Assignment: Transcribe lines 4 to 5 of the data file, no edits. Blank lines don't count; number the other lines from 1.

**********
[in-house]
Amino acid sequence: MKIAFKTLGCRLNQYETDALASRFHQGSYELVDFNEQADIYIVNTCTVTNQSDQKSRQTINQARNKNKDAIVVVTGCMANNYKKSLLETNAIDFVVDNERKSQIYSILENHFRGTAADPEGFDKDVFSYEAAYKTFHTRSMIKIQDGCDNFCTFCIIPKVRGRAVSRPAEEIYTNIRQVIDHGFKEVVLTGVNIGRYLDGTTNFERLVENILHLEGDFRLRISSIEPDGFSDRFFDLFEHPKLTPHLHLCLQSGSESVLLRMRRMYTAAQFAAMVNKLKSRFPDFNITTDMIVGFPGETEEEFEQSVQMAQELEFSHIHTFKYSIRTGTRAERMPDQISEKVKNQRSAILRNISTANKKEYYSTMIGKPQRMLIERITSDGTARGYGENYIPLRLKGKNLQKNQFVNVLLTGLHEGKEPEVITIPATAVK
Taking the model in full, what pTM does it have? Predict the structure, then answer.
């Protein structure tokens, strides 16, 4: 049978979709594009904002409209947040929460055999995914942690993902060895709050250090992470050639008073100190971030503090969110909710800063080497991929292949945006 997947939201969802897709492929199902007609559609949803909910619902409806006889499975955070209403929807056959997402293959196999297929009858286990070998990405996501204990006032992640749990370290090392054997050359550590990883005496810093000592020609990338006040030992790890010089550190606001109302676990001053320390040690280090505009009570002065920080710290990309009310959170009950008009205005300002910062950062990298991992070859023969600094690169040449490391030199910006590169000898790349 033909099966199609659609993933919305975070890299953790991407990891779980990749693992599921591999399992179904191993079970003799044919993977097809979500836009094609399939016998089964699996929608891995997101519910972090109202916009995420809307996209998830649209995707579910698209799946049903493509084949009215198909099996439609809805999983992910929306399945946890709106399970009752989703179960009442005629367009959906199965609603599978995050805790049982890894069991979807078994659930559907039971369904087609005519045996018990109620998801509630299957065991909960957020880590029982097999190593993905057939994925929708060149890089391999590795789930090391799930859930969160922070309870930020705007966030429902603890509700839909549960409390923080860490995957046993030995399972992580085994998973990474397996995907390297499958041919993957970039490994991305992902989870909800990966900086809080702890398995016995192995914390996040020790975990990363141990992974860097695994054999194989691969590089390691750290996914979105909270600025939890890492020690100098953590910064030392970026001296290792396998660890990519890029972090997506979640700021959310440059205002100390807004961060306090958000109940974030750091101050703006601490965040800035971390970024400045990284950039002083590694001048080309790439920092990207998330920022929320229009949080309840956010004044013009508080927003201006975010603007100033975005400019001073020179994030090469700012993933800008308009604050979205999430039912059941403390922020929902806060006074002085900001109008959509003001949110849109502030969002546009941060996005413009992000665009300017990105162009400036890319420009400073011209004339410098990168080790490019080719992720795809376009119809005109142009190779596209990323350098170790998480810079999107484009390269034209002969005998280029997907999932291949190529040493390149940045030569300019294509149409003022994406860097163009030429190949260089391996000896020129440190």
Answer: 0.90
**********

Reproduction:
């Protein structure tokens, strides 16, 4: 049978979709594009904002409209947040929460055999995914942690993902060895709050250090992470050639008073100190971030503090969110909710800063080497991929292949945006 997947939201969802897709492929199902007609559609949803909910619902409806006889499975955070209403929807056959997402293959196999297929009858286990070998990405996501204990006032992640749990370290090392054997050359550590990883005496810093000592020609990338006040030992790890010089550190606001109302676990001053320390040690280090505009009570002065920080710290990309009310959170009950008009205005300002910062950062990298991992070859023969600094690169040449490391030199910006590169000898790349 033909099966199609659609993933919305975070890299953790991407990891779980990749693992599921591999399992179904191993079970003799044919993977097809979500836009094609399939016998089964699996929608891995997101519910972090109202916009995420809307996209998830649209995707579910698209799946049903493509084949009215198909099996439609809805999983992910929306399945946890709106399970009752989703179960009442005629367009959906199965609603599978995050805790049982890894069991979807078994659930559907039971369904087609005519045996018990109620998801509630299957065991909960957020880590029982097999190593993905057939994925929708060149890089391999590795789930090391799930859930969160922070309870930020705007966030429902603890509700839909549960409390923080860490995957046993030995399972992580085994998973990474397996995907390297499958041919993957970039490994991305992902989870909800990966900086809080702890398995016995192995914390996040020790975990990363141990992974860097695994054999194989691969590089390691750290996914979105909270600025939890890492020690100098953590910064030392970026001296290792396998660890990519890029972090997506979640700021959310440059205002100390807004961060306090958000109940974030750091101050703006601490965040800035971390970024400045990284950039002083590694001048080309790439920092990207998330920022929320229009949080309840956010004044013009508080927003201006975010603007100033975005400019001073020179994030090469700012993933800008308009604050979205999430039912059941403390922020929902806060006074002085900001109008959509003001949110849109502030969002546009941060996005413009992000665009300017990105162009400036890319420009400073011209004339410098990168080790490019080719992720795809376009119809005109142009190779596209990323350098170790998480810079999107484009390269034209002969005998280029997907999932291949190529040493390149940045030569300019294509149409003022994406860097163009030429190949260089391996000896020129440190």
Answer: 0.90